Why 79% of Americans Are Scared to Discuss Their Finances

A new report into financial angst has shown just how many people are concerned about their finances, as it has revealed that the majority of Americans are struggling with financial stress – among other things. 

Financial Anxiety for Most

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NerdWallet’s 2024 report into financial angst delves into Americans’ deep concerns about money. It looks at financial stress, who taught them finances, and who Americans place their trust in to steer them in matters of money.

Intimidating Money Topics

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Primarily, the report found that talking about money can be pretty daunting for most people. A huge 79% of Americans felt intimidated by at least one money-related topic. The top three scary topics are cryptocurrency (32%), investing (30%), and creating/sticking to a budget (29%).

Generation Z and Financial Stress

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Young adults in Generation Z seem to feel the pressure most when it comes to handling money matters, with 92% of them claiming they find financial topics intimidating. 

Generational Gaps

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This feeling is less common among older generations, with 82% of millennials (ages 28-43), 75% of Generation X (ages 44-59), and 73% of baby boomers (ages 60-78) feeling the same.

Understanding the Youth’s Money Worries

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For Gen Z, some of the topics that stress them out the most are budgeting (45%), using credit cards wisely (37%), and doing taxes (36%). Additionally, 22% of Gen Zers feel intimidated by the process of navigating student loan options.

Family Influence

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When it comes to learning about managing money, many people get their lessons from family members. About half of Americans (50%) learned how to handle their money from parents or relatives. Surprisingly, only 30% of people recall talking about money within their families while growing up, and only 18% said they learned about money management in school.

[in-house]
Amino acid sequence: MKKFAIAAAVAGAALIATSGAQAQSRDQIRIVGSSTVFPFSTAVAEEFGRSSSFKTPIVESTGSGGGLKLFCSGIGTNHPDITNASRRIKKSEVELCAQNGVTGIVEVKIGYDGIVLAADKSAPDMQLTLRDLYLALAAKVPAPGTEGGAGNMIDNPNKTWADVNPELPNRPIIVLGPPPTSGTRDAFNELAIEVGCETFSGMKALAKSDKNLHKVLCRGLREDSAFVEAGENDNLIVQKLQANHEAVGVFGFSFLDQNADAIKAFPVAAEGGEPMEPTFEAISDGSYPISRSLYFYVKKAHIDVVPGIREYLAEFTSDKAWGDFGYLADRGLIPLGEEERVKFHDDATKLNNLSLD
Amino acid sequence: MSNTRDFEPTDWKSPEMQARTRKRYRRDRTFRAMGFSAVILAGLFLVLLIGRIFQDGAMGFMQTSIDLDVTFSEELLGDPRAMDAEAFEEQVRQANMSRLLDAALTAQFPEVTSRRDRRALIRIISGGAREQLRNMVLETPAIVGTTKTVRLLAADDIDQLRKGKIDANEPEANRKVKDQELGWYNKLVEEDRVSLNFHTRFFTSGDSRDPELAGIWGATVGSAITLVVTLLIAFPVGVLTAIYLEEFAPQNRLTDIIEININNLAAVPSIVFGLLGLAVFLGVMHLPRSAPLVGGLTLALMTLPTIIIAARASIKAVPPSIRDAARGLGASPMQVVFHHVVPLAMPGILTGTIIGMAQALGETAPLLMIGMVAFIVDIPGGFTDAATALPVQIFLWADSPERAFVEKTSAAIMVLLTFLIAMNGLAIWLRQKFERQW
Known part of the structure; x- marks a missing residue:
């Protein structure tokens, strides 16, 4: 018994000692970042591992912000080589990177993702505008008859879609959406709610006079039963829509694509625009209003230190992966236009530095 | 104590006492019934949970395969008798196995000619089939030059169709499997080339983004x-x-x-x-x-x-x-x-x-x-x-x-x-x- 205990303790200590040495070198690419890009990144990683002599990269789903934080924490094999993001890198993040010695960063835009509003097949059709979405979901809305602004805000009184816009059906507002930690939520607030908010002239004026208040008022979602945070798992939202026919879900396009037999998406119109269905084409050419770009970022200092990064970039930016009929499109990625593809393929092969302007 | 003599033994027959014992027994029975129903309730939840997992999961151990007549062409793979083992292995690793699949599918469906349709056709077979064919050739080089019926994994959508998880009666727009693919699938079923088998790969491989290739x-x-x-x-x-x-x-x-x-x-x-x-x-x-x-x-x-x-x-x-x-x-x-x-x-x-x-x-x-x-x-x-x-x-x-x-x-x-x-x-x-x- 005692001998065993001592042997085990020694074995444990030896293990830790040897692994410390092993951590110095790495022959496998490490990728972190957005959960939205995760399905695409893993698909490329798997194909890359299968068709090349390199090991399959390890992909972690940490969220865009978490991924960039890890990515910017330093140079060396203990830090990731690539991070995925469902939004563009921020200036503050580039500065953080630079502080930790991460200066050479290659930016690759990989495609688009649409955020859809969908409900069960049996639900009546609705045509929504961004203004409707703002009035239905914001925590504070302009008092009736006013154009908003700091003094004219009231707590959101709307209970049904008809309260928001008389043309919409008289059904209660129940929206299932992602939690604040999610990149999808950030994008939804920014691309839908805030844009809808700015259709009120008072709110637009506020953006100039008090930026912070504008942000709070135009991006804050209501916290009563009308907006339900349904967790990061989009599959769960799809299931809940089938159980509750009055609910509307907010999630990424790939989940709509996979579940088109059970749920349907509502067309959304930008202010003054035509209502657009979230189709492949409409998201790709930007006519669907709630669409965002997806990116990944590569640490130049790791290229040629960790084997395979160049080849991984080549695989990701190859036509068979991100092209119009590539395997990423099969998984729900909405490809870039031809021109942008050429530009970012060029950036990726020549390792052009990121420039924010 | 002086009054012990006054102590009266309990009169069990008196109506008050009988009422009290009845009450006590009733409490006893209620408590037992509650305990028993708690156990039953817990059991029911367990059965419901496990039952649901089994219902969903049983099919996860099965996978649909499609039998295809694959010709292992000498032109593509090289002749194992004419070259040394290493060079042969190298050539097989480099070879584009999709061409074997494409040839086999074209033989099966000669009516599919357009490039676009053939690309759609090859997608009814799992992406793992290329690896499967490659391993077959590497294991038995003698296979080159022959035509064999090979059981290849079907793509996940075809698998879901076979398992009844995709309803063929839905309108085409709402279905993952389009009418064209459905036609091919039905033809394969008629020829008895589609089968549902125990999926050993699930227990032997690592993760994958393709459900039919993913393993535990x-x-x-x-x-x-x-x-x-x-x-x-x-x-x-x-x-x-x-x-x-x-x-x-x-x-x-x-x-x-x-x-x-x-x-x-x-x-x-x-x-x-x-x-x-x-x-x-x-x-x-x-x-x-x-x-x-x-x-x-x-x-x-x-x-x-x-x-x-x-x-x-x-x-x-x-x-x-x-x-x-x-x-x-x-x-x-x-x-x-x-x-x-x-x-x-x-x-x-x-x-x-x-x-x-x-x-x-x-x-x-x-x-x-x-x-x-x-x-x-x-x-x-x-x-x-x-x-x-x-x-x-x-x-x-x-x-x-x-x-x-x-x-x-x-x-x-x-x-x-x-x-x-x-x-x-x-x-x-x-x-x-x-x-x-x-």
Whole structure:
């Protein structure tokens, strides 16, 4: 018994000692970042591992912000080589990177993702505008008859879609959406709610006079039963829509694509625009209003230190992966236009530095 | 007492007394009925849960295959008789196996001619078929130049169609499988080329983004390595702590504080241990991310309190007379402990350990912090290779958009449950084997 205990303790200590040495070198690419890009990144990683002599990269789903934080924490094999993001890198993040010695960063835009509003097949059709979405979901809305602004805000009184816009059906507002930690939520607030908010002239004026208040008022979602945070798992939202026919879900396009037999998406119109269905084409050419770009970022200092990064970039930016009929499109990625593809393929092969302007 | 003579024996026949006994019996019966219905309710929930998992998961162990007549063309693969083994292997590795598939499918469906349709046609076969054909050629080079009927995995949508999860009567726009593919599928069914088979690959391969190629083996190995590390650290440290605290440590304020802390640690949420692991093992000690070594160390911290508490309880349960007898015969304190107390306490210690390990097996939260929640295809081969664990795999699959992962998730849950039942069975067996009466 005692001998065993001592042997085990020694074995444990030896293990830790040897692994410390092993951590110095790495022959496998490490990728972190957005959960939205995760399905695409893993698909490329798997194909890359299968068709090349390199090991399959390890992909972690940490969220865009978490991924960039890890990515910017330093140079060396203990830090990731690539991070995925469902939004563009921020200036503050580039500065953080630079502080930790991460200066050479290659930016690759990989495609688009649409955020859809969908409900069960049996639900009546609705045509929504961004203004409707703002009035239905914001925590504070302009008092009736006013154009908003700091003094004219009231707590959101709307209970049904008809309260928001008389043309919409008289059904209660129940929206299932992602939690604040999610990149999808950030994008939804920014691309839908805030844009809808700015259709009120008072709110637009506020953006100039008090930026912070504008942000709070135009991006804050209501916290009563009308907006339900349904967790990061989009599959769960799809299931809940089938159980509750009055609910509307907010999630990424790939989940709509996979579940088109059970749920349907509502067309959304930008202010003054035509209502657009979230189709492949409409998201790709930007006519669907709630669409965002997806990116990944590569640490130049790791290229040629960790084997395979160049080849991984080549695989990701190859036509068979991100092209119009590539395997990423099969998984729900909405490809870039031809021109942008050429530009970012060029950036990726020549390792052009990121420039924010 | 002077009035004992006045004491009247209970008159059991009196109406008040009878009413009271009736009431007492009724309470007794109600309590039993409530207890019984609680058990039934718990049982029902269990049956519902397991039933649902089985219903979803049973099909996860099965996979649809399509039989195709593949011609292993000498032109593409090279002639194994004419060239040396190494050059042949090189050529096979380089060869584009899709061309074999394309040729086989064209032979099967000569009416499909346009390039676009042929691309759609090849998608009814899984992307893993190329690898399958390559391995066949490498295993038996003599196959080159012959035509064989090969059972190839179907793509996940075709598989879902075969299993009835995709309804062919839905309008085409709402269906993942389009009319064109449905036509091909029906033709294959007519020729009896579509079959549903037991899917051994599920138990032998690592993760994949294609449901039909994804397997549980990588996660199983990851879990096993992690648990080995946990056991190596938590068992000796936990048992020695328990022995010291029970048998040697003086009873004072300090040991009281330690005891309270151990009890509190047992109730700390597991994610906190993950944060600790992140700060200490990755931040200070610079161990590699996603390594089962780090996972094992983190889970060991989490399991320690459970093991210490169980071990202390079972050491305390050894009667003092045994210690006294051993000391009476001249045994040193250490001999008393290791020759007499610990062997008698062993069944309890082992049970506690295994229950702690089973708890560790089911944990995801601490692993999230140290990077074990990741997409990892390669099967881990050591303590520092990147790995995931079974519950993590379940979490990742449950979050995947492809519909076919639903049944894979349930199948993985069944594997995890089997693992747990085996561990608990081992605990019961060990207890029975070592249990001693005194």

How Parents Shape Financial Education (or Lack Thereof)

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This is probably the reason why Gen Z finds money matters such a stressful topic. Financial education is important, but a lot of families steer clear of the conversation entirely. Partly, it’s because parents might not feel confident about their own financial knowledge or want to shield their kids from worrying about money. 

The Importance of Early Financial Education

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However, learning these lessons early on can help ease financial worries when kids grow up and help them make better financial decisions in the future.

Social Media’s Influence

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According to NerdWallet, 1 in 8 Americans say that they learned how to manage their money through social media. 

Skepticism vs. Trust

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Tellingly, only 8% of respondents said they trust social media influencers when it comes to financial advice, which indicates that there’s a good deal of questioning going on when scrolling social media. Any information from social media should be fact-checked, as there’s A LOT of bad info out there.